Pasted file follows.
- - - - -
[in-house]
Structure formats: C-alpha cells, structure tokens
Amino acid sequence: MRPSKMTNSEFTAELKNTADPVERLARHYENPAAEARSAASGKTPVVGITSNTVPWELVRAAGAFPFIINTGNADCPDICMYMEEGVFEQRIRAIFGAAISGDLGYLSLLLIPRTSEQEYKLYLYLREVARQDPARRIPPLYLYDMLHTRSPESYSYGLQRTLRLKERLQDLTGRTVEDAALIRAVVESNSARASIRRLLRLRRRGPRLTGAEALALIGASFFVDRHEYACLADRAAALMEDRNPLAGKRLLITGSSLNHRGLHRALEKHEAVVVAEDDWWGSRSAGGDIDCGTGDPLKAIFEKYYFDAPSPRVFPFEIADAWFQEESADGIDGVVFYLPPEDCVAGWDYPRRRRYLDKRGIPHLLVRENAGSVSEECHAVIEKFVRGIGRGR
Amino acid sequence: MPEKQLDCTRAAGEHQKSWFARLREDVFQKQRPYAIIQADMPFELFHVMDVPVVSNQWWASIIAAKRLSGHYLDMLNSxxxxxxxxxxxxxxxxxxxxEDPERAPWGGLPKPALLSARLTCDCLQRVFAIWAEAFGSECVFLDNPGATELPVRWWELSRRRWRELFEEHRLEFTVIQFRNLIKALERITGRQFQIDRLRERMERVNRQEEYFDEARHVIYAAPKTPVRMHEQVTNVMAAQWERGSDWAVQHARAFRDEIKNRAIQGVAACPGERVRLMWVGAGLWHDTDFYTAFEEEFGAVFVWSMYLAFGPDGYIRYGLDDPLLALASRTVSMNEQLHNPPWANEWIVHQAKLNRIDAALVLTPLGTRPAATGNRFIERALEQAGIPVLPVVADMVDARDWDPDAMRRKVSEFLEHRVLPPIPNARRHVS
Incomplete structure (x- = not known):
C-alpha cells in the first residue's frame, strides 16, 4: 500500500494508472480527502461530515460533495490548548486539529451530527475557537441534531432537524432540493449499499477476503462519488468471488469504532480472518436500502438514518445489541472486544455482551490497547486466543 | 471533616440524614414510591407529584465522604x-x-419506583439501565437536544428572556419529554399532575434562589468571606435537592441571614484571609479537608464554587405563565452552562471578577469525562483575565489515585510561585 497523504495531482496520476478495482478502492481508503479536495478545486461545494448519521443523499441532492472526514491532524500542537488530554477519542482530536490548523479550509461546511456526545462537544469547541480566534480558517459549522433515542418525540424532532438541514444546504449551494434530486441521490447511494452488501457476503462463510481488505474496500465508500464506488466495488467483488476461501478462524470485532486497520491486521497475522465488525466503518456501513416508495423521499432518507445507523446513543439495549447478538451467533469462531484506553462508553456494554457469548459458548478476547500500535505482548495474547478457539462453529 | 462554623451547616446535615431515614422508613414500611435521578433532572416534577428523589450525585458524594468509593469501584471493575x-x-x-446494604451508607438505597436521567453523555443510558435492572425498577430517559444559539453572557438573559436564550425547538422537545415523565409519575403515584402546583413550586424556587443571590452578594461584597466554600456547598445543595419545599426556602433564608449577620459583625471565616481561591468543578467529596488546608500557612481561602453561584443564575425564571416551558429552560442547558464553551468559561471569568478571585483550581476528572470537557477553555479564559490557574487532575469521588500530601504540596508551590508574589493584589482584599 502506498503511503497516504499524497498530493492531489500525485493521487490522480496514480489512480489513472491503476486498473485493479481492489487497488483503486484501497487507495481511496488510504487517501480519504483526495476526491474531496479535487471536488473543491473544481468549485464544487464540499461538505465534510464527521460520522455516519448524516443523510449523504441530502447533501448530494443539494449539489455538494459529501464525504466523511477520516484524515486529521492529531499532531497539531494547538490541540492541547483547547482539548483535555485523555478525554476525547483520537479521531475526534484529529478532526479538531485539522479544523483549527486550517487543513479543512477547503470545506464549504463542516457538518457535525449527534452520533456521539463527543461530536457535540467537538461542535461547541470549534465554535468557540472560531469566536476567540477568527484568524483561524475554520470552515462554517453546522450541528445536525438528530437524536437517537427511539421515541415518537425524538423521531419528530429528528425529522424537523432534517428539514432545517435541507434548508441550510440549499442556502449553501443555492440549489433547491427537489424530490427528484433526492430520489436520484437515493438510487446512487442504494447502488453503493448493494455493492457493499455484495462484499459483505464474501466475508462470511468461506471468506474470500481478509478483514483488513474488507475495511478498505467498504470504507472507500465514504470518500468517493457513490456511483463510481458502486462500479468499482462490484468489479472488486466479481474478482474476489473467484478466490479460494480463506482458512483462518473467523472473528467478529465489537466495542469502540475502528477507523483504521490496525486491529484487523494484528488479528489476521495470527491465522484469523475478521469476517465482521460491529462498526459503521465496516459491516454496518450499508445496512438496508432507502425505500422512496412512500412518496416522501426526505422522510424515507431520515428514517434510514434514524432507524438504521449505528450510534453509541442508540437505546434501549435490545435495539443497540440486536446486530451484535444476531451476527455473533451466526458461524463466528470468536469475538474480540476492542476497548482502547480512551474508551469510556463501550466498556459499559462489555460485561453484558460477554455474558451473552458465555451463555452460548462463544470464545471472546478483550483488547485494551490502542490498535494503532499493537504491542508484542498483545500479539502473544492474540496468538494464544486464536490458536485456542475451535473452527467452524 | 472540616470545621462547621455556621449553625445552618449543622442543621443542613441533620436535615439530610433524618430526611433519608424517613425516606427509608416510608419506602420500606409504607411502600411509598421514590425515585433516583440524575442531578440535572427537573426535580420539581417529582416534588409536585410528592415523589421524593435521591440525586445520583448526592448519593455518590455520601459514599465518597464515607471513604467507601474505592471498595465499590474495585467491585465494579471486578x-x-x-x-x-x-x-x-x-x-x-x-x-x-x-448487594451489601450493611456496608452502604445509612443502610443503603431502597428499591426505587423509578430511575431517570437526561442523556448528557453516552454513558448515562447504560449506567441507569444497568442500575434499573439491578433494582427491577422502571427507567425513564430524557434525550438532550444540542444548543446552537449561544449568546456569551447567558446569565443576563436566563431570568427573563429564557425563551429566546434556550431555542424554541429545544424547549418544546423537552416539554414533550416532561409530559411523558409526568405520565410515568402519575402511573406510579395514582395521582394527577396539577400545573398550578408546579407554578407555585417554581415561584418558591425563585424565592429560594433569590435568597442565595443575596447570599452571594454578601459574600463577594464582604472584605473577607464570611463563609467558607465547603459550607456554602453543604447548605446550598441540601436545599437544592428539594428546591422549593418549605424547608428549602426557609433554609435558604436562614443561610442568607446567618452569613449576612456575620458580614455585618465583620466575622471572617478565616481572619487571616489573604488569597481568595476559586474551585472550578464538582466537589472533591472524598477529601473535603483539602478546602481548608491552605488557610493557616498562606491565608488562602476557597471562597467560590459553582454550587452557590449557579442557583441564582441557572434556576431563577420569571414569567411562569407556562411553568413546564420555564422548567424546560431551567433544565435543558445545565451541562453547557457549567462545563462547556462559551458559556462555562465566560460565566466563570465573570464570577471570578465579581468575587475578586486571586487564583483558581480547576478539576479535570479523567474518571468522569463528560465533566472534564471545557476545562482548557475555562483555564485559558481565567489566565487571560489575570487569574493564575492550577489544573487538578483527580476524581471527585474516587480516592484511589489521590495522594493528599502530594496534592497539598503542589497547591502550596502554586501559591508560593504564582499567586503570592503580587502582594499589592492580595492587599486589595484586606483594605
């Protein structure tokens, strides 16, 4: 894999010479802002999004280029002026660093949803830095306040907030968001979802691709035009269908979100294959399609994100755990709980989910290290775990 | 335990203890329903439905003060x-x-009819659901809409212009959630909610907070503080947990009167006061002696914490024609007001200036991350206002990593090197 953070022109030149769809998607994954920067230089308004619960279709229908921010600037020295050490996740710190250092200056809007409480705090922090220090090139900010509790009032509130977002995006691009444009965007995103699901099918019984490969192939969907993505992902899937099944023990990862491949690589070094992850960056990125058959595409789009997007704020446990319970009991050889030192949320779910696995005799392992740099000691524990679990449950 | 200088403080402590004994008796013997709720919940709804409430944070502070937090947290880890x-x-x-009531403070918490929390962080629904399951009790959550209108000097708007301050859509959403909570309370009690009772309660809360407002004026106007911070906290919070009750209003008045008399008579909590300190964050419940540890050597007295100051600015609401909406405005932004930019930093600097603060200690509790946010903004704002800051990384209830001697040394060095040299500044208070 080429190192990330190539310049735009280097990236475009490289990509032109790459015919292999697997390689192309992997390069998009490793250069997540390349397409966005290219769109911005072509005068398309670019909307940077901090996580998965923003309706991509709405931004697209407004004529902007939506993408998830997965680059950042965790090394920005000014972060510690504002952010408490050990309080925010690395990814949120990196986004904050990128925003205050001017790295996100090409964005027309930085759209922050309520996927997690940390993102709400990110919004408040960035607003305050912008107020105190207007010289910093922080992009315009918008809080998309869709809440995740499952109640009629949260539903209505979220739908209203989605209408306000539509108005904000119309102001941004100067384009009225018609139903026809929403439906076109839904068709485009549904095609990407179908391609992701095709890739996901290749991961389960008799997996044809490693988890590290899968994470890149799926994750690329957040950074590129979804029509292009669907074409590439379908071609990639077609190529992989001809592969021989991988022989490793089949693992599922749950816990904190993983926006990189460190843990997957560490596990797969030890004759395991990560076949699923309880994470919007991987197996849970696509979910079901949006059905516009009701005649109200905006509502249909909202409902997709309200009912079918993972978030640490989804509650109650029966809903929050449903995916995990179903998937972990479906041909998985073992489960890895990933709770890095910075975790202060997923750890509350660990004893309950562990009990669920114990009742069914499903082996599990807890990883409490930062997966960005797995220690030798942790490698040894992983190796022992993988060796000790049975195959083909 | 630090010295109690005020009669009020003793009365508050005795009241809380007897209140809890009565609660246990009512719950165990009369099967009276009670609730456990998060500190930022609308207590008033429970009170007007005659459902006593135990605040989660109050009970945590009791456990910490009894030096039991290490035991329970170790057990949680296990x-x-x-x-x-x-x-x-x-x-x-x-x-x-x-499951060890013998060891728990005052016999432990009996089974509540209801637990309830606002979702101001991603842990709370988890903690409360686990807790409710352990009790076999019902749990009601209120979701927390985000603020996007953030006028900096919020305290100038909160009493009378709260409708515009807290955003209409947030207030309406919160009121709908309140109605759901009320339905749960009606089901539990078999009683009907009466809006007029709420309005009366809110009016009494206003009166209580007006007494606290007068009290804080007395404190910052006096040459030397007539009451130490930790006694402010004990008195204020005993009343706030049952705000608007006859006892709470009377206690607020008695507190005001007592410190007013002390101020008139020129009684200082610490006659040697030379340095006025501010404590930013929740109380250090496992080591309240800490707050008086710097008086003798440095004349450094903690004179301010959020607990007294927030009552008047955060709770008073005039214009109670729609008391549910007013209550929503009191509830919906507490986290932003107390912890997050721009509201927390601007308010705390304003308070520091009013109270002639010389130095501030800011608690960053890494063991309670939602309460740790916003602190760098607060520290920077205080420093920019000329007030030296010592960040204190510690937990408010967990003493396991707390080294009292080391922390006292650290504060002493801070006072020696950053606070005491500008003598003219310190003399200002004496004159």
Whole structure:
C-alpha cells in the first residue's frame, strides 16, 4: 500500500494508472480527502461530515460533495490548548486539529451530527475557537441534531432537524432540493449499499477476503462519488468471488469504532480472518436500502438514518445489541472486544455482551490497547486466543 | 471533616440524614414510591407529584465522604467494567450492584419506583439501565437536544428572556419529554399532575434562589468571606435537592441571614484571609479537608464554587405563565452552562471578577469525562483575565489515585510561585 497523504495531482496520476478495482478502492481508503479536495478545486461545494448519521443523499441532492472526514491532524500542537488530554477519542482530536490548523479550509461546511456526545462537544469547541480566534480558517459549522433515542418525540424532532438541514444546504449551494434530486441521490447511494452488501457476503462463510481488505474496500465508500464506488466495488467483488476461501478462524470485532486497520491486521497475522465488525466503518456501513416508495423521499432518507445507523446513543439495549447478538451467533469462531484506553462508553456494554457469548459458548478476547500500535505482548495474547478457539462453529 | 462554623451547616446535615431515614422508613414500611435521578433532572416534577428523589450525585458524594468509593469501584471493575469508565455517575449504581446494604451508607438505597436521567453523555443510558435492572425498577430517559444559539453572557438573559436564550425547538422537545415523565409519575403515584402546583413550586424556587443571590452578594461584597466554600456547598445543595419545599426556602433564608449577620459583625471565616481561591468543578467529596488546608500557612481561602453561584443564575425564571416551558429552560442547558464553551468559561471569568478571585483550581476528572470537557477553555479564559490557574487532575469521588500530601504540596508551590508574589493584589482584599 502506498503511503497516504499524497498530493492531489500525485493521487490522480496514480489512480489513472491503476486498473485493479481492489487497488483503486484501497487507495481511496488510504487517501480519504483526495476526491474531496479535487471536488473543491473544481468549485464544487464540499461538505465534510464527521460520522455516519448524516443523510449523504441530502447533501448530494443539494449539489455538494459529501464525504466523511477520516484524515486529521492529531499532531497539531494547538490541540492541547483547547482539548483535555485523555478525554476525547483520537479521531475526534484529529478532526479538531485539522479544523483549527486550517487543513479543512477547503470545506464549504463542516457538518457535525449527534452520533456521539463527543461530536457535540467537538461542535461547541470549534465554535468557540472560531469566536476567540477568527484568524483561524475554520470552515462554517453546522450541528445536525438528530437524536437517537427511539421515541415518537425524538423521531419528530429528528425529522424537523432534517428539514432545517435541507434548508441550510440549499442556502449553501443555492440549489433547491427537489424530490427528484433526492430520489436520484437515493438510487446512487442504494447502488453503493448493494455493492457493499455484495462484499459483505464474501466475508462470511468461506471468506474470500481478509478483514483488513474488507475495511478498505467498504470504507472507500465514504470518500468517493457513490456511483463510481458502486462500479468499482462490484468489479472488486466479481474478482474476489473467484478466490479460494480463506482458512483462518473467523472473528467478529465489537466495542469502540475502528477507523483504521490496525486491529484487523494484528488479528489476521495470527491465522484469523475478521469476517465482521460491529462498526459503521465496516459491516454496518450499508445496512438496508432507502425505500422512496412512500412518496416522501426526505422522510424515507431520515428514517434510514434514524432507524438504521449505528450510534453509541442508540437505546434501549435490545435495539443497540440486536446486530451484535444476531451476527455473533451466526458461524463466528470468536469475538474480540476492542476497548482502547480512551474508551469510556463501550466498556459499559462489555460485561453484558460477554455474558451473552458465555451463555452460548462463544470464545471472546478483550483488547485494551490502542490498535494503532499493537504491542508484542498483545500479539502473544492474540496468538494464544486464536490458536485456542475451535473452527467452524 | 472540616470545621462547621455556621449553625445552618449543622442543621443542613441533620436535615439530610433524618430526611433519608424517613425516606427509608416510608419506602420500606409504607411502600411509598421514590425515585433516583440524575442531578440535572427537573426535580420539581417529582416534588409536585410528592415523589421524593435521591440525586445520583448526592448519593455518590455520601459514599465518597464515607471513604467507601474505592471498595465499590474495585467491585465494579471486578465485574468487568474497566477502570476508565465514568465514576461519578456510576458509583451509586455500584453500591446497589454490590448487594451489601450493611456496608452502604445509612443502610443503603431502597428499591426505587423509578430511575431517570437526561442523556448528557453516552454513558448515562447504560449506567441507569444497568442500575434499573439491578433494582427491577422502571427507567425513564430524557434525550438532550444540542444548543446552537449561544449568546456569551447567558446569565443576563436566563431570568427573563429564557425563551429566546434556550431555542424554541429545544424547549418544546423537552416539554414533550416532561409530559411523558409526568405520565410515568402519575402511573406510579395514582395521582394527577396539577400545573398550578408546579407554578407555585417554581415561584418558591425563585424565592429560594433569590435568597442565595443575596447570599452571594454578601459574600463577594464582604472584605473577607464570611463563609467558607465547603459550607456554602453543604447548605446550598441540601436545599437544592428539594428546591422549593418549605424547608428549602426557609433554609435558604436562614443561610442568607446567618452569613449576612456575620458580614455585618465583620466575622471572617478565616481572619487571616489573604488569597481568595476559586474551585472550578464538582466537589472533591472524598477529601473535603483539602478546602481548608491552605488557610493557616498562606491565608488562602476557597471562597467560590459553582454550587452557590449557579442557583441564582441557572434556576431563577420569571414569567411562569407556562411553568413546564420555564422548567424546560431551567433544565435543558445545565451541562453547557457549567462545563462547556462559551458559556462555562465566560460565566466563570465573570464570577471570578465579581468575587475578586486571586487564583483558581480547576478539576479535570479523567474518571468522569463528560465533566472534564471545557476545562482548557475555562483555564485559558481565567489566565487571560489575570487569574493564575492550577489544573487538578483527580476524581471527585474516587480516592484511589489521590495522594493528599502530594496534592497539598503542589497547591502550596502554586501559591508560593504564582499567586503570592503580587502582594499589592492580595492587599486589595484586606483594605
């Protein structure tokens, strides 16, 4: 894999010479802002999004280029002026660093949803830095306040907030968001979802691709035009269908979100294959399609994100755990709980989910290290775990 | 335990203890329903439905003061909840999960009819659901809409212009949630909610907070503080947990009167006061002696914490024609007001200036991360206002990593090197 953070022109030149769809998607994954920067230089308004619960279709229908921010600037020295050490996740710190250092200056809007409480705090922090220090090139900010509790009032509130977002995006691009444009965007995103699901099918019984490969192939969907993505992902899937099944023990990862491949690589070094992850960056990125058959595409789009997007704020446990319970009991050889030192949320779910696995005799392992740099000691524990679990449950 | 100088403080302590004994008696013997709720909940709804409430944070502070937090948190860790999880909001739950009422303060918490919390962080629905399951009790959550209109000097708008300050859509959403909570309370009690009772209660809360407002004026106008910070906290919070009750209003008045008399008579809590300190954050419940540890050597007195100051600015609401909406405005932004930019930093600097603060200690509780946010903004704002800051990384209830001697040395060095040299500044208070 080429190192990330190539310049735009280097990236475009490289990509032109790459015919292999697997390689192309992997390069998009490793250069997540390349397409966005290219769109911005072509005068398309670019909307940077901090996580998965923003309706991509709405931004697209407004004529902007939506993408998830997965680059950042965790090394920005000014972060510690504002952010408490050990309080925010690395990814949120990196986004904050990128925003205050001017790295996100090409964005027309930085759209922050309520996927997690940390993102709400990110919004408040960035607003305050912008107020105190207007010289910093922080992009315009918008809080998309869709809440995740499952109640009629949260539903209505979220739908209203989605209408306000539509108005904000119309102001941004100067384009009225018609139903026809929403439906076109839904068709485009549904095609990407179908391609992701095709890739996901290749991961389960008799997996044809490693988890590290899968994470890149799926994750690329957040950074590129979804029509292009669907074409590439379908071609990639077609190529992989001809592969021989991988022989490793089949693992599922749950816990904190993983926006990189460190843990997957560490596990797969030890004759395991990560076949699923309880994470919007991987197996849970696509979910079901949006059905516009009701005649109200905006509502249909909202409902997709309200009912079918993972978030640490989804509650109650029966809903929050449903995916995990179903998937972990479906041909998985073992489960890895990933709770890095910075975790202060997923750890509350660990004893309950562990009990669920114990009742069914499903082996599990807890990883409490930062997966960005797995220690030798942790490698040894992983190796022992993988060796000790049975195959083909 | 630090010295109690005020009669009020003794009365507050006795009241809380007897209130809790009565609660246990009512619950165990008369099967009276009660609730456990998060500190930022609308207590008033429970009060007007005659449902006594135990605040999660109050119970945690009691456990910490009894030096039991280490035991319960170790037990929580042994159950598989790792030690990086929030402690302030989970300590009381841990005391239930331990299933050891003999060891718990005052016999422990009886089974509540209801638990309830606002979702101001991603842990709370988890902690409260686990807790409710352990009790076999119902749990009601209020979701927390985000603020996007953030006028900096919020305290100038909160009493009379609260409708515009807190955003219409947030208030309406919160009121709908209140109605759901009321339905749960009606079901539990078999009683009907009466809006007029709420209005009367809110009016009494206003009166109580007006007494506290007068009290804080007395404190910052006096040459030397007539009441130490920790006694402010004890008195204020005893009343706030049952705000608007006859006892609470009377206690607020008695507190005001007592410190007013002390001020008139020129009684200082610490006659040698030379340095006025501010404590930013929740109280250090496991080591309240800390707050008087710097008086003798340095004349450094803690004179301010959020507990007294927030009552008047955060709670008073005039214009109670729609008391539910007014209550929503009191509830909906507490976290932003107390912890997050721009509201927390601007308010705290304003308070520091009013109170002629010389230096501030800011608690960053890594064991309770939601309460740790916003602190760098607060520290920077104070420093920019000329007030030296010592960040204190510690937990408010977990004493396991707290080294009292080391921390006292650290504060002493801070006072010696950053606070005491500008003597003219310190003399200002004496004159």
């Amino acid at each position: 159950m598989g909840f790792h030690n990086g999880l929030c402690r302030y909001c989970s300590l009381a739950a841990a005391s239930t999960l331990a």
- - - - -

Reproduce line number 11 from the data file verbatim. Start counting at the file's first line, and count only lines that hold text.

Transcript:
């Amino acid at each position: 159950m598989g909840f790792h030690n990086g999880l929030c402690r302030y909001c989970s300590l009381a739950a841990a005391s239930t999960l331990a």